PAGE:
“We cannot live for ourselves alone. Our lives are connected by a thousand invisible threads, and along these sympathetic fibers, our actions run as causes and return to us as results.”
“It is well to give when asked, but it is better to give unasked, through understanding.”
I have been attending Hindu Swayamsevak Sangh shakha since I was twelve years old. We’ve heard it said before, but it’s common knowledge that children just don’t understand the importance of going to shakha when they are little. I know I didn’t. In my imagination, it was simply a place to play with other children on a weekly basis. I was told that it would help me keep in touch with my Hindu culture. As I got older, however, I realized that it was a little bit more than these simplistic generalizations. According to the HSS website, the goal of having weekly meetings in the form of shakhas is to “organize the Hindu community in order to preserve, practice and promote Hindu ideals and values.” I understood that as I entered my teenage years. I understood that the point of going to shakha, family camps and Sangh Shiksha Vargs was to develop characteristics that would enable me to be proud of my Hindu culture and be a leader in society. Somehow, as I became a young woman, I found myself wanting to get involved more and more, and I no longer needed to go to shakha at anyone’s insistence. I wanted to make a difference.
“God is dead. We have killed him.”
-Friedrich Nietzsche, Thus Spoke Zarathustra
From 9th grade through my freshman year at New York University (NYU), I lived the typical Indian teenager’s life. It revolved around four things: good grades, competitive debate, tennis, and my friends. Sure, I celebrated all the major Hindu festivals, including Durga Puja, Saraswati Puja, Diwali, Holi, etc. but I knew very little about my religion and made little time to learn. My religion was important only on holidays and celebrations. It meant that I got nice clothes, performed dances and plays during the pujas, and hung out with my friends. This was fine while I was at home in Houston.
Tattva is an international online monthly magazine, published by Hindu Swayamsevak Sangh’s Hindu YUVA. Starting with the December 2007 issue, Tattva will be released on a new website: www.hinduyuva.org/tattva-blog. Unlike its past issues which used to be in a pdf format, future issues will be published in an innovative blog format. The new, more interactive format of Tattva will provide a forum for youth to share knowledge and ideas, voice opinions, discuss issues, and learn from one another.
In the months of September and October - 2007, youths of Hindu Swayamsevak Sangh (HSS) successfully conducted Speaker on Campus project in several US Universities. Various students from different universities came together and felt a need for bringing more awareness on campus about Hindu way of life. It is but surprising that even in the current state of world, people have overlooked social model which propagated the thought of "World is but one family" and "Let all be happy, prosperous, and healthy".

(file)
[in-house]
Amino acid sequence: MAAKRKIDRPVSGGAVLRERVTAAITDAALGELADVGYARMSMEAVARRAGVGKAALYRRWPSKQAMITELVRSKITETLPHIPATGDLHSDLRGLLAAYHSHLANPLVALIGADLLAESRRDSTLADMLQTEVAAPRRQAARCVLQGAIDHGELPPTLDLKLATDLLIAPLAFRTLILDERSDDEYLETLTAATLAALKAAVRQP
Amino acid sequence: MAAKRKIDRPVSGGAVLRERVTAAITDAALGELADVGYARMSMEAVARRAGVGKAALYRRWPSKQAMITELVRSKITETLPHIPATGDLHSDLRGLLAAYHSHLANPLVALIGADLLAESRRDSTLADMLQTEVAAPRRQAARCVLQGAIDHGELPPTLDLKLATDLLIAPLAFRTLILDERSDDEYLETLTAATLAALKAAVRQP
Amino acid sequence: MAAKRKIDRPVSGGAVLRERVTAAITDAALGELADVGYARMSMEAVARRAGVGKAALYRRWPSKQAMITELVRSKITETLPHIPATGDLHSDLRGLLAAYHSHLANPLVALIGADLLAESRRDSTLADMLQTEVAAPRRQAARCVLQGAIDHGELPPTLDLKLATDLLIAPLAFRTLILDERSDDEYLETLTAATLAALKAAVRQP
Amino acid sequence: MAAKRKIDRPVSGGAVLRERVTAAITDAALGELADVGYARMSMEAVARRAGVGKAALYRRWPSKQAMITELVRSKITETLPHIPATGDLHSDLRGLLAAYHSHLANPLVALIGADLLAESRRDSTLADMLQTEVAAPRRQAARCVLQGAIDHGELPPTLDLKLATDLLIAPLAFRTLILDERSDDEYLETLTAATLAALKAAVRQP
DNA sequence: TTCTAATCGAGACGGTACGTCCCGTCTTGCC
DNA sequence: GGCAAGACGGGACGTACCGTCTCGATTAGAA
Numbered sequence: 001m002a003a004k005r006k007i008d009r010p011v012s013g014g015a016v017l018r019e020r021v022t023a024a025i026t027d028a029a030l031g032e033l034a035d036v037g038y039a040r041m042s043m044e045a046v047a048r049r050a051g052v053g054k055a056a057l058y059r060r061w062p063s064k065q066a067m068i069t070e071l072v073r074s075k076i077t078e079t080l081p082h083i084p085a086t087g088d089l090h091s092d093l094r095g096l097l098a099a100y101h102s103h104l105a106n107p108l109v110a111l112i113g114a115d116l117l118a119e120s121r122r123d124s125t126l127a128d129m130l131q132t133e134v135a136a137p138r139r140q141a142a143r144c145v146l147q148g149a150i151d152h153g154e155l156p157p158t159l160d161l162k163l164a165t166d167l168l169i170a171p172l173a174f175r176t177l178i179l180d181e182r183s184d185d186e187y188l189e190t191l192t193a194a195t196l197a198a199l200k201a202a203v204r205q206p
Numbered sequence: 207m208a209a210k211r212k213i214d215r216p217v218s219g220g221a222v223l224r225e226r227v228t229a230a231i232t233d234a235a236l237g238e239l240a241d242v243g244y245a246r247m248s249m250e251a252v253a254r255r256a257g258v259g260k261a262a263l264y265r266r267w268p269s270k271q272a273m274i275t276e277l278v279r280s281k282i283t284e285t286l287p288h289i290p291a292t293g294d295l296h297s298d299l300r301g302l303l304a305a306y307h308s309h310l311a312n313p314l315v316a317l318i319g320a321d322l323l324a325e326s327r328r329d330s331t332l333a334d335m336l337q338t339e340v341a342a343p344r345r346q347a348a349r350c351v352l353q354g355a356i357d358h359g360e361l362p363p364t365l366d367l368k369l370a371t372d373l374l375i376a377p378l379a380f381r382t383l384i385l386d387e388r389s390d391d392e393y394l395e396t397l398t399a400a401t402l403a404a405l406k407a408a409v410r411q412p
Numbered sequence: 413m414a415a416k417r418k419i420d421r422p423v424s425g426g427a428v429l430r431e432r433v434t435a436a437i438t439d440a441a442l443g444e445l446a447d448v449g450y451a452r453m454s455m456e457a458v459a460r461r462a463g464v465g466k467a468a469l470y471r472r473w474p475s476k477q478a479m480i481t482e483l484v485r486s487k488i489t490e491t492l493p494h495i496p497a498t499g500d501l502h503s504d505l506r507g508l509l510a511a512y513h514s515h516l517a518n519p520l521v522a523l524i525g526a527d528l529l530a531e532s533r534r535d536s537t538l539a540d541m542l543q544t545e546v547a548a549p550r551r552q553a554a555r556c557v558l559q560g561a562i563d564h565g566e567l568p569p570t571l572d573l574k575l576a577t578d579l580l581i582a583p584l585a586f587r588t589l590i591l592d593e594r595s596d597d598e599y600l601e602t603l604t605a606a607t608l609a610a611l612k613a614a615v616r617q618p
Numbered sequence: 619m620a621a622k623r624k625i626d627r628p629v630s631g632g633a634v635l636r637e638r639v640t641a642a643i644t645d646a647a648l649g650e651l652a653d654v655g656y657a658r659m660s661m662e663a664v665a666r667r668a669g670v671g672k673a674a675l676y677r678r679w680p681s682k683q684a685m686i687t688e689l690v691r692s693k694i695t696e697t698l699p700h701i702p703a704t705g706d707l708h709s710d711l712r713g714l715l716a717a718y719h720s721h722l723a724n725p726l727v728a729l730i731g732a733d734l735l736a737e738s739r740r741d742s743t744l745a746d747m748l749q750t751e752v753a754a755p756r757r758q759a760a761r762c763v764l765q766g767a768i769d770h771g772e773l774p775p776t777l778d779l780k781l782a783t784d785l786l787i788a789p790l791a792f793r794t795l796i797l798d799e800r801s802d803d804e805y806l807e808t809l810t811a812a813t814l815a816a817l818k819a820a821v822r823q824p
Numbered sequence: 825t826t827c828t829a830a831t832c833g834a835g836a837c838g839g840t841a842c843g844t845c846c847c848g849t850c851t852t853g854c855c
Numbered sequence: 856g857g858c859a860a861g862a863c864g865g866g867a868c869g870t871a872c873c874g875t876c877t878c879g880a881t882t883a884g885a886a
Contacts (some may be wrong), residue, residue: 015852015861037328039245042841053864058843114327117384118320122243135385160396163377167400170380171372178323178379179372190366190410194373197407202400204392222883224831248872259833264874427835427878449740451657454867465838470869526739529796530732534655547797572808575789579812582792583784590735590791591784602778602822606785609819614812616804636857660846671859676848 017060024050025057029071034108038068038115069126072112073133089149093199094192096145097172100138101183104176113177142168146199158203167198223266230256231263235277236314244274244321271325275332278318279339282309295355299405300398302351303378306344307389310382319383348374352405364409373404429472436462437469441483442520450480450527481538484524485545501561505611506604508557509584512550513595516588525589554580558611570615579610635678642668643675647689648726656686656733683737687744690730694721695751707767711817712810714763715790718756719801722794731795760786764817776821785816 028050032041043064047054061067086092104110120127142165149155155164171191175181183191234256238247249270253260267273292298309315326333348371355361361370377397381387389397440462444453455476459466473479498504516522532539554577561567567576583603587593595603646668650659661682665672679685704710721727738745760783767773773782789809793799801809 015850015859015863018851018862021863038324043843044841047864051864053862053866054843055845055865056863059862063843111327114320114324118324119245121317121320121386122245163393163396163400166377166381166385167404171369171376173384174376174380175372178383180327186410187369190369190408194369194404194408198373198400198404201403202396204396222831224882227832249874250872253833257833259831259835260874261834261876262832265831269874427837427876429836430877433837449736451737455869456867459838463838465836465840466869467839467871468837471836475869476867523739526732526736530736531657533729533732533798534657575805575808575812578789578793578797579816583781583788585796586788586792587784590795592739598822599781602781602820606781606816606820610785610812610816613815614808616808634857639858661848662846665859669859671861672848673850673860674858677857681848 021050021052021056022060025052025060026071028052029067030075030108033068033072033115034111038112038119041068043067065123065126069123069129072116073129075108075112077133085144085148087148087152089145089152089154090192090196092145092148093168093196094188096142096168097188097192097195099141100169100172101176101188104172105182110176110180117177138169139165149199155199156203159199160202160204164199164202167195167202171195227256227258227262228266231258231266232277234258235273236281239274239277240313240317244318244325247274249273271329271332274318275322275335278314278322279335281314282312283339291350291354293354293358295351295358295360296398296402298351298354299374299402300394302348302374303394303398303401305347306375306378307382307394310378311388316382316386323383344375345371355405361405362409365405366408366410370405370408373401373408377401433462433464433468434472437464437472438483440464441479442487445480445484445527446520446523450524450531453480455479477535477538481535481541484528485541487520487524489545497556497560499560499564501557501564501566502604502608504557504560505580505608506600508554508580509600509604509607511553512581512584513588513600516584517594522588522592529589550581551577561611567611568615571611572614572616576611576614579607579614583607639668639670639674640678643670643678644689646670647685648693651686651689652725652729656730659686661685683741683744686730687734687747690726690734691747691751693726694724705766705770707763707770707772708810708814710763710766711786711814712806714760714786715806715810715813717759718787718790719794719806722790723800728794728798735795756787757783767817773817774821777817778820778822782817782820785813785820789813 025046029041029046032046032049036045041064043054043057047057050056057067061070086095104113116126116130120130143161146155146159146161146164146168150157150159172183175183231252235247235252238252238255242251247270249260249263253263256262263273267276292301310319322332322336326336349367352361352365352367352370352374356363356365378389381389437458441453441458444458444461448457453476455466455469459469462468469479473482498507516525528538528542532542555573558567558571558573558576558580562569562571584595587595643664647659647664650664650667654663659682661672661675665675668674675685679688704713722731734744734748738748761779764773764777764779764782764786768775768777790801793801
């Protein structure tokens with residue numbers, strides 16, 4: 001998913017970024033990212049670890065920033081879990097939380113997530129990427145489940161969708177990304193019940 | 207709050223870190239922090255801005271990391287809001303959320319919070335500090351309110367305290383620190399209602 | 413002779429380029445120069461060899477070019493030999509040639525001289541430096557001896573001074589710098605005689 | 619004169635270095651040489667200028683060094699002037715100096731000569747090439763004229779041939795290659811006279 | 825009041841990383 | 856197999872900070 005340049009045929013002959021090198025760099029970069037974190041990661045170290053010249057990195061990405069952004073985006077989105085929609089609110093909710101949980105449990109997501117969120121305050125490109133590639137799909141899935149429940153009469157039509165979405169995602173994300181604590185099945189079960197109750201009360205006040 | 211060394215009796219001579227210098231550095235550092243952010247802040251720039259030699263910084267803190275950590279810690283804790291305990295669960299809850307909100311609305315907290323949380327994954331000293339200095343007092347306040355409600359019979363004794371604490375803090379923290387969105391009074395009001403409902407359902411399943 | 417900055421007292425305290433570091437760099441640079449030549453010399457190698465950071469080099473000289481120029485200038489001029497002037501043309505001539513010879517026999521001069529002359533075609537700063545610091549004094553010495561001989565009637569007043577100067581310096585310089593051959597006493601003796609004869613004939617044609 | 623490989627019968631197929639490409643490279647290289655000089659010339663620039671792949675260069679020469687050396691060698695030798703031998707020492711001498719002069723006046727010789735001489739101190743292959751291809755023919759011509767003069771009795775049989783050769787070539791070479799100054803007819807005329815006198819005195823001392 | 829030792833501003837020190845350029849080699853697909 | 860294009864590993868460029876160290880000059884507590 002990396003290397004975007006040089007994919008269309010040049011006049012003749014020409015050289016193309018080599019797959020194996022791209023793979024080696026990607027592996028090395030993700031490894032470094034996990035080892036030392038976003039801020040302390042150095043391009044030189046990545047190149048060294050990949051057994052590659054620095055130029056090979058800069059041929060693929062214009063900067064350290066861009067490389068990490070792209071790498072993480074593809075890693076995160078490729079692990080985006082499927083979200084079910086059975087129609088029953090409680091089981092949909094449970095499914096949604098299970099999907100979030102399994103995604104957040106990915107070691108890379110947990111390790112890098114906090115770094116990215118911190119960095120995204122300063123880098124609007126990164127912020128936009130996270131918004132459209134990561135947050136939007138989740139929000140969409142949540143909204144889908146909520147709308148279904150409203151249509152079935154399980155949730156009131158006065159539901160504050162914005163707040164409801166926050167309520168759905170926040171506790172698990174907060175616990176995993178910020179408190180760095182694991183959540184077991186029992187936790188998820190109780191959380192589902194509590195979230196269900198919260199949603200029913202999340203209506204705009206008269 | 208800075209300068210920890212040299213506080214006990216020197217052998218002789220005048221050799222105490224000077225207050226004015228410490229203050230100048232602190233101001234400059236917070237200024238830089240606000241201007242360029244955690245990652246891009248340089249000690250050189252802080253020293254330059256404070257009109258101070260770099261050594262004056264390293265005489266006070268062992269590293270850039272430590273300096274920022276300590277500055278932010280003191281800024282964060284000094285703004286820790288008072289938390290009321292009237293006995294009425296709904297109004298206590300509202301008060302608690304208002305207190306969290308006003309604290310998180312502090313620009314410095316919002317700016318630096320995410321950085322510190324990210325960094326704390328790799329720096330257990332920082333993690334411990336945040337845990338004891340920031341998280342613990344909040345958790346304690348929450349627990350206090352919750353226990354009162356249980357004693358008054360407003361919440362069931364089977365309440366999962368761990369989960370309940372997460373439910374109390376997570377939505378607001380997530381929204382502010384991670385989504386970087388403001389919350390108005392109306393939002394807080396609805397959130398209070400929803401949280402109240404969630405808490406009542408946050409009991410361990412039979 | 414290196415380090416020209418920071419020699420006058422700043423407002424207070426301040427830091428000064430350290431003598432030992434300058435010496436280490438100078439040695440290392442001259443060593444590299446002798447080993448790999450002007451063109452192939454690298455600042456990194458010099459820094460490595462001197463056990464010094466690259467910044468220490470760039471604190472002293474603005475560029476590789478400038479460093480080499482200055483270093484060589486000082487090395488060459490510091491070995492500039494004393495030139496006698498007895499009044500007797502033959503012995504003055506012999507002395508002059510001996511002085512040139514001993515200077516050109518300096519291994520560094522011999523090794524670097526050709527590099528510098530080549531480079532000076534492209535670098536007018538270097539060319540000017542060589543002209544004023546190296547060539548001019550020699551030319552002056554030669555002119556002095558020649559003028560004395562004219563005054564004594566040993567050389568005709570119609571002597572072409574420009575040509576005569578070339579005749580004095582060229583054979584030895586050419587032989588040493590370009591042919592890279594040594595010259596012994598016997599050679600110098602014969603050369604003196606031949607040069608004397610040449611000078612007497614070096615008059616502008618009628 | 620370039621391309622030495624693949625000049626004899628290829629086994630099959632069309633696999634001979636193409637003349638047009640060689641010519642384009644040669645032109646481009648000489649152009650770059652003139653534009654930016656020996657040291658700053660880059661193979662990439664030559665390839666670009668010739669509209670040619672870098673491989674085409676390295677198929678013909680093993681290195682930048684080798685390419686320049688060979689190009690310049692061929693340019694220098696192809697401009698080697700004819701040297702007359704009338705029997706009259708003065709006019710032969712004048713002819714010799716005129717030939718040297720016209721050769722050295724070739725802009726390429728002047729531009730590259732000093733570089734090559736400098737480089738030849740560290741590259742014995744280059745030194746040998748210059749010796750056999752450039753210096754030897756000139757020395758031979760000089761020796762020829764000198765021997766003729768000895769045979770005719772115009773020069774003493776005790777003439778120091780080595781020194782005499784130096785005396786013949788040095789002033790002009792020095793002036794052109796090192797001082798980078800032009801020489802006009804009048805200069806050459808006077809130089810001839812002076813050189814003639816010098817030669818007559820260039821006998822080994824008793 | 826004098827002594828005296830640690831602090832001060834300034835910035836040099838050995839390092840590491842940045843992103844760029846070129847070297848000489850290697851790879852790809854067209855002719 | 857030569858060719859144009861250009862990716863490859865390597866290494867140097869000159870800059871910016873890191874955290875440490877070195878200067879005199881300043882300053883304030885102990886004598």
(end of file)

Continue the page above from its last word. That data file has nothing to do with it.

The Hindu Culture and Dharmic Tradition from India exhibition was displayed over a period of five days at THE ST. PETERSBURG INTERNATIONAL FOLK FAIR (SPIFFS). The event was sponsored by the city of St. Petersburg and was held at the VINOY PARK in downtown St Petersburg from Wednesday March 14th through Sunday March 18th. A total of 32 countries participated, each displaying their unique traditions, art, culture, folklore, foods etc. in their respective village.
nashto mohaH smrutirlabdhA tvatprasAdAnmyAchyut |
sthiroAsmi gatsandehah karishye vachanam tav ||
-- Bhagvad Gita, Ch18,v73
The above words were said by Arjuna, after listening Lord Krishna's message in the form of Bhagvad Gita after which Arjuna gained his confidence back and was ready to do his duty with even more vigor.
A similar experience, though on much smaller scale, was witnessed through a unique project, 'Speaker on Campus'. While the universities in US provide conducive environment for awareness and practice of various cultures and traditions, rarely we see events held specifically by Hindus on the campus. Speaker on Campus was one little step taken in this direction. The pearls of wisdom from ancient India were mustered together by renowned speakers and strung together by 'Speaker On Campus' project.
On Monday 28th August, Hindu YUVA, UW organized a lecture by Shri Ravi Kumar Iyer in Mary Gates Hall, University of Washington on Vedic Mathematics - the ancient mathematics and sciences developed in India.
Yuva Sangam (Youth Camp) organized by Hindu Swayamsevak Sangh during the weekend of Oct. 1st & 2nd 2005, at Camp Io-Dis-E-Ca, served the purpose of creating awareness among the Hindu youth in the Midwest of USA.
The Melbourne Chapter of Hindu Swayamsevak Sangh(HSS) and Hindu Students Council (HSC) of Florida Institute of Technology, conducted a Yuva Sangam at Florida Institute of Technology today.
The first HHYC of the season, in midwest, was held in Iowa City, IA on 15th May. The objectives of the camp were multifold. Primary being, to provide a platform for youths on campus where they can meet, share ideas and experience the energy of group efforts.